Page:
Nikka Costa wants to be a star. It comes naturally to her, almost like a birthright. She’s had years of practice, having performed before thousands as a pre-teen and teen sensation internationally, in addition to having been raised in the business as the daughter of a famous New York producer and (all together now) “goddaughter of Frank Sinatra.” By now, at the wizened age of twenty-nine, she’s got the look, the attitude and the moves down to a T, which stands for Tina Turner. To watch Costa in concert is to get the feeling she grew up not just wanting to be a star, but wanting to be Tina, along with Ike, Sly Stone, Prince and Madonna, depending on her mood, or all rolled up into one.
Whereas Costa was raised in the spotlight, Miranda Lee Richards grew up underground. The daughter of comic book artists and the “de-facto” (bio-speak) goddaughter of R. Crumb, she looks every inch the pretty but bookish daughter of eclectic hippies who likely spent countless hours daydreaming to her parents’ vinyl collection. You imagine her growing up in her native San Francisco wanting to be Melanie, or Marianne Faithfull when she was feeling naughty, or Nick Drake when she was sad. She later learned guitar from Metallica’s Kirk Hammett, got her rock & roll ya-yas out playing for a spell with the Brian Jonestown Massacre, and now seems more occupied with being a songwriter, an artiste, rather than a star.
Monday night on stage at La Zona Rosa in Austin, Texas, both young women proved to be living up to their expectations, with neither so much as pointing a toe into the other one’s turf. During her brief but well-received opening set, Richards cast a spell with nothing but voice, shy charisma and a sampling of stunningly well-crafted melodies from her debut, The Herethereafter. By stark contrast, headliner Costa came on with less subtlety than James Brown, a whirling dervish of funk, sex and “Watch me now!” star power. For the length of her set, it was impossible to take your eyes off her and not get caught up in the relentless party spirit hammered home by her eight-piece back-up band. It was even harder to recall a single memorable song when the lights came back up.
Sporting tight, low-slung jeans, a puffy, multi-colored blouse, rose-colored shades and a purple guitar (used sparingly), Costa laid out her agenda right at the start: “Y’all ready to get funky?!” The loud, hyperactive crowd showed her they were, and she delivered on her promise. From the hard-ass funk of the opening “Some Kind of Beautiful” to the Alanis-style, funky revenge rant “Hope It Felt Good” to the set-closing romp through Sly Stone’s funk national anthem “Thank You Falletinme Be Mice Elf Again,” Costa and her crew came across like they were auditioning for the role of house band on the P-Funk Mothership. The hit (or at least the recognizable single), “Like a Feather,” came three songs in, the crowd’s roar of enthusiasm for the first squank of the song’s signature “wonk-wonk-wonk-wonk” ascending and descending stair-step riff matched only by the reaction Costa got when she struck the same clapping-hands-by-left-ear pose she struck in the video. The song itself worked because the arrangement allows the slinky chorus to breathe, an approach Costa and band (two back-up singers, a wanna-be heavy metal guitarist, bassist, drummer and three keyboard players who also took turns on turntable, percussion, sax, trumpet and flute) also used to good effect on a sprawling cover of Tina Turner’s scathing “Funkier Than a Mosquito’s Tweeter.”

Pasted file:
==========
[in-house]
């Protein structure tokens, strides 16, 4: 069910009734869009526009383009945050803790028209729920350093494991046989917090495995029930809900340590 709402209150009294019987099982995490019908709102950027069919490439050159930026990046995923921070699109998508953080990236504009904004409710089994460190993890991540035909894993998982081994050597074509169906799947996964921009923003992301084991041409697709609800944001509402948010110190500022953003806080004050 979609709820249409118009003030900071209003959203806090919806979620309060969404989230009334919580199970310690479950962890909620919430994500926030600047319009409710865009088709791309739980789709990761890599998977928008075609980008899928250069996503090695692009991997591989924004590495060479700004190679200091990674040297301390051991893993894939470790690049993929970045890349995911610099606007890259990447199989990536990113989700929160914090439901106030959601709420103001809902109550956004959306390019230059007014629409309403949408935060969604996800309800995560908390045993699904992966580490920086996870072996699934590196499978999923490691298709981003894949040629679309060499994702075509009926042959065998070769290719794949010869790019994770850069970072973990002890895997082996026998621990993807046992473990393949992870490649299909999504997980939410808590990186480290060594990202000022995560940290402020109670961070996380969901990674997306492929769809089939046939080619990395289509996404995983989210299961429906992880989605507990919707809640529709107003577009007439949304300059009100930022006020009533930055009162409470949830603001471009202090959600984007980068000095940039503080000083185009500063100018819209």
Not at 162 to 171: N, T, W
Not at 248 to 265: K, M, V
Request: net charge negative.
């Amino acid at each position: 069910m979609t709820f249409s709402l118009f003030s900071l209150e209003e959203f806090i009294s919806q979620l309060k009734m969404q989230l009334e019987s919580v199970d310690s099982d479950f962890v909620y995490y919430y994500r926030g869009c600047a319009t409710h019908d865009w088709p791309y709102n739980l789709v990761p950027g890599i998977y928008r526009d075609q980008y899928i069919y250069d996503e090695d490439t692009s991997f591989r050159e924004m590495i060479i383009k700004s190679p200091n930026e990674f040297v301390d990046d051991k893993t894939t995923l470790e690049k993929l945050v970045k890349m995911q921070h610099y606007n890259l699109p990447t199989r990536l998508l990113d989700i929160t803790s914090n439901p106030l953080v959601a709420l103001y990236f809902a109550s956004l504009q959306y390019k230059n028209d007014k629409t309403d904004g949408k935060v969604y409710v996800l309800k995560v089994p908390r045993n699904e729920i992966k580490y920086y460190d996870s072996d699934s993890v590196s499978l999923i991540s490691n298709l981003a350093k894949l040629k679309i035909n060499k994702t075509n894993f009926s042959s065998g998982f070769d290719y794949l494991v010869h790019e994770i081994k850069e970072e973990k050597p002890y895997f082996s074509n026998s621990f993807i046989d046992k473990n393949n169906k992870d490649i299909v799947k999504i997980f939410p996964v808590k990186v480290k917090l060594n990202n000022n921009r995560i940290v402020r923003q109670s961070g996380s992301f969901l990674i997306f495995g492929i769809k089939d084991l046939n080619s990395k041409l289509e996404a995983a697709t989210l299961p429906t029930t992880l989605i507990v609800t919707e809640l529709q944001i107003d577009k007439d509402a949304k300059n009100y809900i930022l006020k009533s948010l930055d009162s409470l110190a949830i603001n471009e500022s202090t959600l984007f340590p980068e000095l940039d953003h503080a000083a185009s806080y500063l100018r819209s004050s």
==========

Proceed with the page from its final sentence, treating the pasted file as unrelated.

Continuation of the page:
But the rest of the set found them all blaring at full tilt, partying like it was the end of the world and throwing thick slabs of groove and funk all over the walls with little or no care if any of it stuck. Better that, though, than the slow, forgettable acoustic ballad “Push & Pull,” introduced by Costa as a song from the movie Blow. Blow it did, like a half-assed Mariah Carey outtake capped with a by-the-numbers, scream-to-convey-emotion climax. The encore’s “Corner of My Mind” was markedly better, emphasizing actual drama over histrionics, but, throughout the set, Costa seemed lost and awkward whenever the flash and bang was stripped away and she was left to grapple with the finer mechanics of song on a more intimate level. As a host she throws a hell of a party, but she’s a bore when cornered for conversation.
Richards, not surprisingly, is the complete opposite. She’s the poetically cool, arty chick keeping to herself in the corner, sipping red wine while everyone else downs keg beer and Smirnoff Ices. She makes music better suited to daydreaming than dancing, every song as beguiling and memorable as the wise, bewitching “Dandelion” she sang of in her opening cover of the Rolling Stones’ psychedelic classic. Her charms are better expressed on album than live, where her three-man band at times seemed to overcompensate for the songs’ delicate structures, but for all her apparent shyness Richards was hardly the shrinking violet. She sang of long goodbyes, beauty queens and raven-haired gypsies with fiery eyes, her clear, lilting voice flying high and strong over the pounding rock rhythms and stinging slide guitar. “Folkin’ Hell,” she calls her best song; folkin’ beautiful is more like it.